To Georgian Edinburgh, where in the summer of 1738 an almost-centenarian wed a nervous “undefiled” lady of about seventy. My interest was caught by the idea that her primary reason for pursuing marriage at such an advanced age was a fear of the “old maid’s curse” – presumably the already well-established saying that old maids were destined to “lead apes in hell” (I think it crops up in Shakespeare, correct me if I’m wrong). As a result of this proverb, by the eighteenth century the spinster, a most unfortunate class of female, was often referred to as an “ape-leader”.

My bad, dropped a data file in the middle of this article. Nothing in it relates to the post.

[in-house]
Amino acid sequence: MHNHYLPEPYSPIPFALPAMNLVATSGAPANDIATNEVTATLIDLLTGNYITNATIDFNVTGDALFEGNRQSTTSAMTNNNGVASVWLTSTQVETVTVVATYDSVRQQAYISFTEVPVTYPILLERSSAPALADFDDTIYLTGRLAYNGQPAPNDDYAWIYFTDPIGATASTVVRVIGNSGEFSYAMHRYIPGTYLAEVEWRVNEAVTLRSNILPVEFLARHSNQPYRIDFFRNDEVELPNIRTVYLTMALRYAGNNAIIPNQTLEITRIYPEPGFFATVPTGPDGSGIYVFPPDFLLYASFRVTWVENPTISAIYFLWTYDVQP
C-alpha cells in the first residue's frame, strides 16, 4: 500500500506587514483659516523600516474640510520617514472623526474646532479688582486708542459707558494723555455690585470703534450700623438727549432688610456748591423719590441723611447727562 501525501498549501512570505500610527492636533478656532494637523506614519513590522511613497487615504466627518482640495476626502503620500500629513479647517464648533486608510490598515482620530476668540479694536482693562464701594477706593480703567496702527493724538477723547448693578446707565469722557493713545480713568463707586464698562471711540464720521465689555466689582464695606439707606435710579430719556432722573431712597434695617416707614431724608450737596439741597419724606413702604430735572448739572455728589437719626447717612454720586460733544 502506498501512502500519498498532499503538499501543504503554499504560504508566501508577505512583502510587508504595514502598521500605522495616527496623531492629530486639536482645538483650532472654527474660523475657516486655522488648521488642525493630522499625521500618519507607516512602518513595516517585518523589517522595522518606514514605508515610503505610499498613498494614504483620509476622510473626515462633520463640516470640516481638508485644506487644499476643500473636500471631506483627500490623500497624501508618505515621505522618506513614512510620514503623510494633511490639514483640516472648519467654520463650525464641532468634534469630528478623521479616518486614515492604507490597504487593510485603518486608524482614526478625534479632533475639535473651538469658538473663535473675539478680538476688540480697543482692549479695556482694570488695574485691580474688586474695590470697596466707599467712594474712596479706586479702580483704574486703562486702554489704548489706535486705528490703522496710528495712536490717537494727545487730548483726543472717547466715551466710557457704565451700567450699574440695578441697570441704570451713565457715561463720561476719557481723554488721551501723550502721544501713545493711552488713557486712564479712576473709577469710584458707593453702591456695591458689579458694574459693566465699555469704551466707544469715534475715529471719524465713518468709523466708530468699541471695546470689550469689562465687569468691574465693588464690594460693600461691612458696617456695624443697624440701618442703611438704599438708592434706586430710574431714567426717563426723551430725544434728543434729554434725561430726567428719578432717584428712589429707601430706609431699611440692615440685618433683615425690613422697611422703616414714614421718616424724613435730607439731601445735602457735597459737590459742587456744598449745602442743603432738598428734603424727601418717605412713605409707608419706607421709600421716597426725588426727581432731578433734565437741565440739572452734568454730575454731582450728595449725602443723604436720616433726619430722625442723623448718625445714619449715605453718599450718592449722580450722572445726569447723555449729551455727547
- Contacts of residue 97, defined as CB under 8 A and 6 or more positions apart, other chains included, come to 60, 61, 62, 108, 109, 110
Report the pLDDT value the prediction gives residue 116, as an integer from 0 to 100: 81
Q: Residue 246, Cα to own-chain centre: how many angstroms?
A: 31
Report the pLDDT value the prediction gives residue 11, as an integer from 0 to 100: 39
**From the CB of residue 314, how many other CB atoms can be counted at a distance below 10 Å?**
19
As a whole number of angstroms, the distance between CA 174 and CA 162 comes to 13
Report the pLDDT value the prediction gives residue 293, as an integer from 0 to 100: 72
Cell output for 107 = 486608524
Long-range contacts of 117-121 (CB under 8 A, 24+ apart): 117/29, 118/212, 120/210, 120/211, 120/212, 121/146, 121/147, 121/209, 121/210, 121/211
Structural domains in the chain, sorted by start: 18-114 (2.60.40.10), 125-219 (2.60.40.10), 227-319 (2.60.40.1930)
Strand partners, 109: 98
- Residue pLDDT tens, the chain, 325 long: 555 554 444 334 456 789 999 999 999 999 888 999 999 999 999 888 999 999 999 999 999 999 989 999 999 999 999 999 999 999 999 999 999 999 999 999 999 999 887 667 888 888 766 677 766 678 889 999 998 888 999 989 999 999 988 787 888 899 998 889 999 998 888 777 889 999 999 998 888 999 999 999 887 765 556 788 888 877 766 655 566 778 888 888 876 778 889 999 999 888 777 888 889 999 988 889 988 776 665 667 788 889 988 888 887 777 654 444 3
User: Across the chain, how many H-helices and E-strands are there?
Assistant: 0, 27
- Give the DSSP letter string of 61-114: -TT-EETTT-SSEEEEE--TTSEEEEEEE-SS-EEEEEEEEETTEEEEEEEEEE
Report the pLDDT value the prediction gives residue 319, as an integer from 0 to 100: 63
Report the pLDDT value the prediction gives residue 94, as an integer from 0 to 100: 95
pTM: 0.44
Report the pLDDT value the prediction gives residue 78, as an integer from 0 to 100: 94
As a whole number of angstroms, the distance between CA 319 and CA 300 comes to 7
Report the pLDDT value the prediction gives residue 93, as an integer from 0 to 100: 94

Edinburgh, June 22. A very extraordinary Marriage happened here this Week; the Man is near 100, and the Woman about 70; she had liv’d an undefiled Virgin till this Time, but apprehensive of the old Maid’s Curse, resolved to be made a Wife before she died. He had liv’d threescore Years with his former Wife, who died only a few Months ago. Hence People will conclude he’s a stout old Man, to venture on a Maid at this Time of Day.”
– The Derby Mercury, Thursday 6th July 1738